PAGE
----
Nagasaki’s “Food Islands” Use Local Specialties to Grow a Brighter Economic FutureSociety Economy
Japan’s remote islands are in the grips of a demographic crisis. Populations are aging as they shrink, just as in other parts of the country, but the pace at which this is happening has regional authorities sounding the alarm. There are efforts afoot to stem the downward trend by playing to the strengths of communities. One such endeavor is headed by Senno Kazutoshi, president of Ritōshinkō Chihōsōsei Kyōkai, a promotional foundation that supports island communities in developing local goods into consumer products.
Speaking at the 2020 launch of the organization, which goes by the English handle “Japan Food Islands,” Senno stressed the direness of the situation: “When children turn 18, most leave the islands where they grew up and head for the mainland, where prospects are vastly better. They go away to school or to find work, get married, and then put down roots elsewhere. Parents know home has little to offer, and most quietly resign themselves to the fact that their sons and daughters are better off where they are.”
Senno sees developing the economies of island communities to give young residents broader options for building lives at home as key to reversing this trend. To this end, the Osaka native is tapping into his business know-how and connections built over his long career at Hankyū Department Stores, and as president of different Hankyū Group subsidiaries.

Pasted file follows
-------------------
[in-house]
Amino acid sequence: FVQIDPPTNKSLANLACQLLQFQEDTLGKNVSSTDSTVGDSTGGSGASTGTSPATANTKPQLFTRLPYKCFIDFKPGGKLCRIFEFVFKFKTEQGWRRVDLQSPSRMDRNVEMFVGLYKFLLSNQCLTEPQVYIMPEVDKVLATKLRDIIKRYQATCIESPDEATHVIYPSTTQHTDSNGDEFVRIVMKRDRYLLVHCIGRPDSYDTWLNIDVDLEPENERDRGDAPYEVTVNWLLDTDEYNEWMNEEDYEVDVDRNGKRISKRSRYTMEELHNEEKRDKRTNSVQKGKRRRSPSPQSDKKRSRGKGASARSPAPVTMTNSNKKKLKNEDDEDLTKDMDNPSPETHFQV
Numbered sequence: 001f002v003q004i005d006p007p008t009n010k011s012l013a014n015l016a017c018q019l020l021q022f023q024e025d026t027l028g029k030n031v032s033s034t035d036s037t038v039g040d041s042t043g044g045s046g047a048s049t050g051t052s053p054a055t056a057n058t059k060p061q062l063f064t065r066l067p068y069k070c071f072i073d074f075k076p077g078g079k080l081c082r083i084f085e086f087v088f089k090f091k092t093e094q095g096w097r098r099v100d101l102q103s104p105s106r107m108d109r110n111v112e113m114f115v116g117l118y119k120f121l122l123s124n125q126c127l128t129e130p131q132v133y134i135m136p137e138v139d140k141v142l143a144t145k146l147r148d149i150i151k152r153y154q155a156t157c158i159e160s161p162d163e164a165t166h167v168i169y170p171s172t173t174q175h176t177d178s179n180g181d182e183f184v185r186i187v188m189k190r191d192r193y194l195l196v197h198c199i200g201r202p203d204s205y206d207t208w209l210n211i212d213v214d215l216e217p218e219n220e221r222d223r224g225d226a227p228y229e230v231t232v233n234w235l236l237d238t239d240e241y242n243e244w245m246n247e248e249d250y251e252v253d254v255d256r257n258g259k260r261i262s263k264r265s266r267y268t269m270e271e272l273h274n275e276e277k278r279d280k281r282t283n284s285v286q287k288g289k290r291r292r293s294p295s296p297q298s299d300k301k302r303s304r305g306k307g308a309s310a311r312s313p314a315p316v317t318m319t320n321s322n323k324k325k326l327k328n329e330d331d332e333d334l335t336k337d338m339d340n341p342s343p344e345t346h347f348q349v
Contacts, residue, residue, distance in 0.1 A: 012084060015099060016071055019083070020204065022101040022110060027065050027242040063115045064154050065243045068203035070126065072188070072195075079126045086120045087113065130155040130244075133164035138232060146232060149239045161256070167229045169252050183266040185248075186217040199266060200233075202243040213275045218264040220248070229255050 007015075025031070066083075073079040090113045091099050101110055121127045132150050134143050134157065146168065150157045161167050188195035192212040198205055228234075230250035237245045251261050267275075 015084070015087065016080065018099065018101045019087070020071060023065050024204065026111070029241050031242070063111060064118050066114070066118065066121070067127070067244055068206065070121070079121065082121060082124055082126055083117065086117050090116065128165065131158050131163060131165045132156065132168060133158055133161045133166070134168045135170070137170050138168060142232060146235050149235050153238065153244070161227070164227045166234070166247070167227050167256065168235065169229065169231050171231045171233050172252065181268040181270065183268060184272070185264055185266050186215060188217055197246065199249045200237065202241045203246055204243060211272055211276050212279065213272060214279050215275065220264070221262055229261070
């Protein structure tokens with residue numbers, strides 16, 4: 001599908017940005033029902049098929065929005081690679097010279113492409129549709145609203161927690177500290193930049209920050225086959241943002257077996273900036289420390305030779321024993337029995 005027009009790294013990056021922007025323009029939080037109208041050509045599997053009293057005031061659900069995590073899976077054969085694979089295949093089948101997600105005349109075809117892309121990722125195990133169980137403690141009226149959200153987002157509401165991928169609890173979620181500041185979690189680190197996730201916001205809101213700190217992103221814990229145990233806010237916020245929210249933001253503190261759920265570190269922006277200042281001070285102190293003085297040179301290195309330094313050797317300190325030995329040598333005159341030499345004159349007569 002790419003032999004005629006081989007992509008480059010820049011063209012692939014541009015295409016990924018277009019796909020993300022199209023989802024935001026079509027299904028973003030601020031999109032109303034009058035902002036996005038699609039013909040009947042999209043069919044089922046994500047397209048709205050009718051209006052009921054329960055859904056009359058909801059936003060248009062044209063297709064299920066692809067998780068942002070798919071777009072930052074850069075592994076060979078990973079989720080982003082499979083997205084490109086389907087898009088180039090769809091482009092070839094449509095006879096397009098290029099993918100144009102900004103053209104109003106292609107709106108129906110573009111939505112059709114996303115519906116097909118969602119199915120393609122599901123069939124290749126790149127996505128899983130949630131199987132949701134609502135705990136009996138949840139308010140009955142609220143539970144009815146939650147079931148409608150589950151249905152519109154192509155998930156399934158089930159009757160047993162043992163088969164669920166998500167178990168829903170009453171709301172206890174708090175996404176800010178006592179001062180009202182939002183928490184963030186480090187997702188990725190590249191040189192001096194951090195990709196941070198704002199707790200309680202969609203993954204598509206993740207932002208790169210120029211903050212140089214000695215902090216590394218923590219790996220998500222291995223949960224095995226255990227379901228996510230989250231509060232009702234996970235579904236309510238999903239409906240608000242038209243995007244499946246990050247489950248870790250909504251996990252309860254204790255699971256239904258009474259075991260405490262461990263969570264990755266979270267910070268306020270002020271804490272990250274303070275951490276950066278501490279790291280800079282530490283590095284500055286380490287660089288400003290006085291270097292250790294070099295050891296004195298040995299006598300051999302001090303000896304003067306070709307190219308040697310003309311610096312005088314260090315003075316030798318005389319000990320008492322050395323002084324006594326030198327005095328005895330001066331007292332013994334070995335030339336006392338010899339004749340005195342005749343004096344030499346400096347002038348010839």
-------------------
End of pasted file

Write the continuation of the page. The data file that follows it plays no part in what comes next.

The genesis of the Food Islands foundation was Nagasaki Governor Nakamura Hōdō turning to Senno to help come up with an action plan for improving the economic outlook on the prefecture’s many remote island communities. Nagasaki contains a sizable share of Japan’s some 250 inhabited satellite islands, and serving as a senior advisor to the prefectural government, Senno travelled to many to hear firsthand from residents about the issues they face. “I visited places like Tsushima, Iki, and the Gotō Islands, he says. “These places have seen their populations plummet by more than half over the last 60 years,” a decline that experts attribute to Japan’s broader migration trend from rural areas to urban centers. Senno describes how after five o’clock the activity in many places come to a complete halt, turning communities into ghost towns.
One aspect of island life that caught Senno’s eye, though, was the rich abundance of local agricultural and maritime resources. Trying foods like kankoro mochi, a type of rice cake mixed with sweet potato from the Gotō Islands, and savoring the wide variety of fresh seafood available, including such popular delicacies as oysters, buri (yellowtail), and tuna, he was amazed by the untapped commercial potential of the islands.
Employment and the economies on islands depend heavily on industries like farming, fishing, and ranching, and Senno recognized that these areas are crucial to revitalizing communities. After stepping down as chairman of the board of Hankyū Oasis, the supermarket arm of the sprawling Hankyū Hanshin Tōhō Group, he launched the Food Islands foundation in April 2020. Since then he has steadily built connections with businesses around Japan. The foundation currently boasts 150 firms as full-fledged or supporting members.